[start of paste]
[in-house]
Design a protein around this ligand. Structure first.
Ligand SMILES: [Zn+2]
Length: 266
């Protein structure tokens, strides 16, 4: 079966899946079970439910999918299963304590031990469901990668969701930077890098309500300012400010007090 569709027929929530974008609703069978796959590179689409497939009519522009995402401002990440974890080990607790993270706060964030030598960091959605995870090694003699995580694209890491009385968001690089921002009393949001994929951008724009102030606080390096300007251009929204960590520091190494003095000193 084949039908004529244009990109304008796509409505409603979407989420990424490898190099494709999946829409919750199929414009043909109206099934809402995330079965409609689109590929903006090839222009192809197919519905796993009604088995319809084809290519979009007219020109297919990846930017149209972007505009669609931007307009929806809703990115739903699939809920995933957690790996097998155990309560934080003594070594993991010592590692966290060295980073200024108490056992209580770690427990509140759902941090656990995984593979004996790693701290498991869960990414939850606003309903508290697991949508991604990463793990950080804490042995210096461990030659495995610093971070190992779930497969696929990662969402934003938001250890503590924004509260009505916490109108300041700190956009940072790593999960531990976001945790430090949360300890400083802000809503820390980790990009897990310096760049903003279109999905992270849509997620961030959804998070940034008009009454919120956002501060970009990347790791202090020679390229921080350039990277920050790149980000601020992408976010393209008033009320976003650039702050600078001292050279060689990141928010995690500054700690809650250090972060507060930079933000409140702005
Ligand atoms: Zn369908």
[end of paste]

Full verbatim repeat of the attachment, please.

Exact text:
[in-house]
Design a protein around this ligand. Structure first.
Ligand SMILES: [Zn+2]
Length: 266
């Protein structure tokens, strides 16, 4: 079966899946079970439910999918299963304590031990469901990668969701930077890098309500300012400010007090 569709027929929530974008609703069978796959590179689409497939009519522009995402401002990440974890080990607790993270706060964030030598960091959605995870090694003699995580694209890491009385968001690089921002009393949001994929951008724009102030606080390096300007251009929204960590520091190494003095000193 084949039908004529244009990109304008796509409505409603979407989420990424490898190099494709999946829409919750199929414009043909109206099934809402995330079965409609689109590929903006090839222009192809197919519905796993009604088995319809084809290519979009007219020109297919990846930017149209972007505009669609931007307009929806809703990115739903699939809920995933957690790996097998155990309560934080003594070594993991010592590692966290060295980073200024108490056992209580770690427990509140759902941090656990995984593979004996790693701290498991869960990414939850606003309903508290697991949508991604990463793990950080804490042995210096461990030659495995610093971070190992779930497969696929990662969402934003938001250890503590924004509260009505916490109108300041700190956009940072790593999960531990976001945790430090949360300890400083802000809503820390980790990009897990310096760049903003279109999905992270849509997620961030959804998070940034008009009454919120956002501060970009990347790791202090020679390229921080350039990277920050790149980000601020992408976010393209008033009320976003650039702050600078001292050279060689990141928010995690500054700690809650250090972060507060930079933000409140702005
Ligand atoms: Zn369908």